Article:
February 2013: The Busy Sun
Even near solar maximum, with sunspots dotting the photosphere, the Sun can look tranquil and serene in visible light. In the case of these images from the HMI instrument on the Solar Dynamics Observatory, the only obvious changes are the constant shimmering of the solar disk due to the bubbling of solar granulation.
But in ultraviolet light, in particular the 30.4 nanometer line of the helium ion, we see much more activity. Dark, wispy lines of cooler solar filaments (the term used for solar prominences when seen against the disk) stretch across the disk. The same structures, seen against the fainter glow of the solar corona, resemble slowly evolving flames on the limb of the Sun. Solar active regions surrounding the sunspots, appear bright in ultraviolet light.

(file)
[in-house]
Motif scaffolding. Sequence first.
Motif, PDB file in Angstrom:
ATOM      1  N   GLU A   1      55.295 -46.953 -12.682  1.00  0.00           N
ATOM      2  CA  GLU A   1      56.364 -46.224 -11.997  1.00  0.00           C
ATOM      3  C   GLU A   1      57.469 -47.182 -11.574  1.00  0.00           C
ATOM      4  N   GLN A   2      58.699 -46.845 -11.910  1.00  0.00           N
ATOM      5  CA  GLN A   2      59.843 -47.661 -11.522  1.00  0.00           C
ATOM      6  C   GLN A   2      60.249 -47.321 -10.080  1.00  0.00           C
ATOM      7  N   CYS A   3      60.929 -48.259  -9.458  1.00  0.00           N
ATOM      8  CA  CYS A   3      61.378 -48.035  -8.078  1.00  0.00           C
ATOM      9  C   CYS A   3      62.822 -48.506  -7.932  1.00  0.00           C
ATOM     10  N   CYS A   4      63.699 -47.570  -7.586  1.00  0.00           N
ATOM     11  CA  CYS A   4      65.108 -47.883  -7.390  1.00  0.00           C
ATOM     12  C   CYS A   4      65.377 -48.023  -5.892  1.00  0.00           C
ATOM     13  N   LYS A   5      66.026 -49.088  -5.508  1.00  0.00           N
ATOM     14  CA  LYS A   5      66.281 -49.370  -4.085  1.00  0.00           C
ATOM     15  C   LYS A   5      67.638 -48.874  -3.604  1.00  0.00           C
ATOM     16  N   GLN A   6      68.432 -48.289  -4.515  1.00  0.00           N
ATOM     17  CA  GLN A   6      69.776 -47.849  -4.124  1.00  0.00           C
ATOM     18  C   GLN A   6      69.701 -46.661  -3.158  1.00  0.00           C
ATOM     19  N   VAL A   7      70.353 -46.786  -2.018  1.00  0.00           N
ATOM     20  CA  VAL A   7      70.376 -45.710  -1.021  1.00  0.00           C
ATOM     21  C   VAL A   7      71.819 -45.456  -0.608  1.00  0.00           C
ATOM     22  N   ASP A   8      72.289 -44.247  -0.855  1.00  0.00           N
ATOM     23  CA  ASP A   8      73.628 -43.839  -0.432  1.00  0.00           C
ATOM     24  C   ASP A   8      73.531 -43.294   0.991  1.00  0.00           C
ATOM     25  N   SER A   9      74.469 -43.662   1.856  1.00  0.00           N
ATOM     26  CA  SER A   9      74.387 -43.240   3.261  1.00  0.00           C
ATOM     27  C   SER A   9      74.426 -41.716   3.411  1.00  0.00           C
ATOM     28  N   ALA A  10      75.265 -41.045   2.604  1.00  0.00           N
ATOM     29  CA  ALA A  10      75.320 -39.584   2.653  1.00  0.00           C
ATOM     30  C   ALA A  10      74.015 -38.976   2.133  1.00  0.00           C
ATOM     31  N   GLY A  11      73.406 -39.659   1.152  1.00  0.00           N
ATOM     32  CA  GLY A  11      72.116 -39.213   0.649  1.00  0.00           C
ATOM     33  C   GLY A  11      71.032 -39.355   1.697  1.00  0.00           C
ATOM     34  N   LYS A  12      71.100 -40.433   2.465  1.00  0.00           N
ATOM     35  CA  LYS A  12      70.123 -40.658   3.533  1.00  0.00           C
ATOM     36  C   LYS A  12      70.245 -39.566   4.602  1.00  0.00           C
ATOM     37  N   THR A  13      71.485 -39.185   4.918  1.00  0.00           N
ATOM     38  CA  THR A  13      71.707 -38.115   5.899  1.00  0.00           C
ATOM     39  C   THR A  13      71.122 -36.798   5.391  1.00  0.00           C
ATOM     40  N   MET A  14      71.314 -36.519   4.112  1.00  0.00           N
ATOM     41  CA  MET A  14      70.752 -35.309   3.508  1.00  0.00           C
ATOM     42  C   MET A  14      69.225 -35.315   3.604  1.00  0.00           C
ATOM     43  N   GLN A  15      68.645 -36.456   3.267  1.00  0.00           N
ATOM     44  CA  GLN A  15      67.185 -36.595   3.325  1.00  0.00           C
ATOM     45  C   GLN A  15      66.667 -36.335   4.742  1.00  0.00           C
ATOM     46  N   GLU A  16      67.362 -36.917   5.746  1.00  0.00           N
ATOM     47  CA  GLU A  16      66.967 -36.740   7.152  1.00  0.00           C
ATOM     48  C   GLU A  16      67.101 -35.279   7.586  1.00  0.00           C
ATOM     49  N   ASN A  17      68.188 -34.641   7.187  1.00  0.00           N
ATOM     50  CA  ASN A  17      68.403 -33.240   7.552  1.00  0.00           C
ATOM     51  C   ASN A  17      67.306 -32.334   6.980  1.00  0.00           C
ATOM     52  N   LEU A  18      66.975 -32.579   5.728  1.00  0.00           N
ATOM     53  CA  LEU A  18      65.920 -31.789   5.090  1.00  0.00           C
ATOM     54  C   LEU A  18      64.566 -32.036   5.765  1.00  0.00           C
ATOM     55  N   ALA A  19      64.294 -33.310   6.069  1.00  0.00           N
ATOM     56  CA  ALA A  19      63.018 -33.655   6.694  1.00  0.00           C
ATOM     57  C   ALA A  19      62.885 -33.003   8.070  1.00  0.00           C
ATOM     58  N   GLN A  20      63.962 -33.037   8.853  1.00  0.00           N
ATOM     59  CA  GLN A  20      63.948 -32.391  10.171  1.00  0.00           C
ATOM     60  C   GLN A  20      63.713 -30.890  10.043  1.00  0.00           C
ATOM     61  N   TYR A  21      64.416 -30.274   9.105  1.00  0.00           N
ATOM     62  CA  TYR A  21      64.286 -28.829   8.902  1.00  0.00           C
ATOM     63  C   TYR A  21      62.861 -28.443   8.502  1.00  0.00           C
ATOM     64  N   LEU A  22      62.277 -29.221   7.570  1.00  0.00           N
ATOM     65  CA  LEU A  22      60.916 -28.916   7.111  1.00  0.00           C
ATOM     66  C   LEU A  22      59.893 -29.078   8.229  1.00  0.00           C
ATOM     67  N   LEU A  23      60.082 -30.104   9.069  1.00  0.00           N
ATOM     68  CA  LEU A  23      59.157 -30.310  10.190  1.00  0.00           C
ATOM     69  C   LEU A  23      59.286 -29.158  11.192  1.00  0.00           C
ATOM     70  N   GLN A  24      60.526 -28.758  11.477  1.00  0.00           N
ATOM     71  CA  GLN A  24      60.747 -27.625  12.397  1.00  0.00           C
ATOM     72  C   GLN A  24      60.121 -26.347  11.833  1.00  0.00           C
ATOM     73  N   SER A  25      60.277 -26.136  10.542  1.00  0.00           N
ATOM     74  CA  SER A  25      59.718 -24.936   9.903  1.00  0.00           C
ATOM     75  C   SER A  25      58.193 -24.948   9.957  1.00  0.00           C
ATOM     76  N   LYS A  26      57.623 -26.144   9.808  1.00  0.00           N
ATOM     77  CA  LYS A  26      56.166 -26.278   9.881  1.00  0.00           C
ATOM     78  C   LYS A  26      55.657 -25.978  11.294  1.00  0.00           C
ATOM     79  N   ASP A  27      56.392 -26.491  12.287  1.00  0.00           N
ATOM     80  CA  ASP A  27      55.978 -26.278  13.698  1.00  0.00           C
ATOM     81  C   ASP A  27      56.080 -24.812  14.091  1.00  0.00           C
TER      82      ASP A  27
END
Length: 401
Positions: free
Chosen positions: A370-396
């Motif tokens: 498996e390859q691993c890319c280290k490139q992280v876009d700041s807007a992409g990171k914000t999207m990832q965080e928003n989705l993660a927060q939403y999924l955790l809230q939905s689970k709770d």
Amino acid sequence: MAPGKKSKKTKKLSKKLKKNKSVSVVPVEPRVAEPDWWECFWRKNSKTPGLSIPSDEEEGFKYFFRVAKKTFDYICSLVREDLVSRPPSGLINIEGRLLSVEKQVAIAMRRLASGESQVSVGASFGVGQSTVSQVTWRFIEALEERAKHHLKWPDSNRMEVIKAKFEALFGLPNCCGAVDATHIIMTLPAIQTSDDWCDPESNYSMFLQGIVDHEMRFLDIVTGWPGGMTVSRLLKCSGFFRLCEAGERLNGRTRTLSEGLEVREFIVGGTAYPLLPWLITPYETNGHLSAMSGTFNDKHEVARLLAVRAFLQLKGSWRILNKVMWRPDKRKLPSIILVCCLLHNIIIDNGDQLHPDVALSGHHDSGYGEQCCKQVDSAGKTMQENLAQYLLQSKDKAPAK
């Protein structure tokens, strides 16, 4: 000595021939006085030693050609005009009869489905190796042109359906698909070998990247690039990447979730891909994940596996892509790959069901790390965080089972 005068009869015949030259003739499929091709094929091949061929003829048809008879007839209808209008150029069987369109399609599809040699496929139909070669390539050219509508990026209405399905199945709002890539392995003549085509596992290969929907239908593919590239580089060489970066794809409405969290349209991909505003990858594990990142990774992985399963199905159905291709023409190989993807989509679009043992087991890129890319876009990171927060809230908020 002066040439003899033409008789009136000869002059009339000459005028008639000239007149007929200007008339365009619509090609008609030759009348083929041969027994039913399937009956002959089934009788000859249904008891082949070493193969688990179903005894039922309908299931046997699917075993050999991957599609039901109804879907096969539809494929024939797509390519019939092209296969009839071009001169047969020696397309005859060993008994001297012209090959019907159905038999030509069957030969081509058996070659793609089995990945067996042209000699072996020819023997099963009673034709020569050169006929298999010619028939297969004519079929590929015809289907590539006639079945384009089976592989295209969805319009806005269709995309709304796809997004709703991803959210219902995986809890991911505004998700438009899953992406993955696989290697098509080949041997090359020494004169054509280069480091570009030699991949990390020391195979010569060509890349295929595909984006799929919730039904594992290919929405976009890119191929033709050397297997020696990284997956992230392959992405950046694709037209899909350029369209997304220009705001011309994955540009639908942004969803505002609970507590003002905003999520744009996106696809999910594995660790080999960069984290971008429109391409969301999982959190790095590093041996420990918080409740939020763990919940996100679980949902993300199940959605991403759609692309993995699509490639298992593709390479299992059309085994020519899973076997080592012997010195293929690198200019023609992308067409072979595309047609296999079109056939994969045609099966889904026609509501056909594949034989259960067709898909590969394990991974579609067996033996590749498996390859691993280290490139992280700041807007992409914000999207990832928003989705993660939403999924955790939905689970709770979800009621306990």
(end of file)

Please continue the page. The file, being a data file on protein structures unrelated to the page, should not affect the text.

The Sun in the light of singly-ionized helium at 30.4 nanometers.
4Kx4K full resolution frames of the Sun in the wavelength of singly-ionized helium.
Sunspots in visible light.
4Kx4K full resolution frames of the Sun in visible light.
Please give credit for this item to:
NASA's Scientific Visualization Studio, the SDO Science Team, and the Virtual Solar Observatory.
MissionsThis visualization is related to the following missions:
SeriesThis visualization can be found in the following series:
Datasets used in this visualization
SDO SDO Continuum (Continuum)ID: 674Collected with HMI 2013-02-19T06:00 - 2013-02-22T12:00
SDO AIA 304 (304 Filter)ID: 677Collected with AIA JOINT SCIENCE OPERATIONS CENTER 2013-02-19T06:00 - 2013-02-22T12:00
Note: While we identify the data sets used in these visualizations, we do not store any further details, nor the data sets themselves on our site.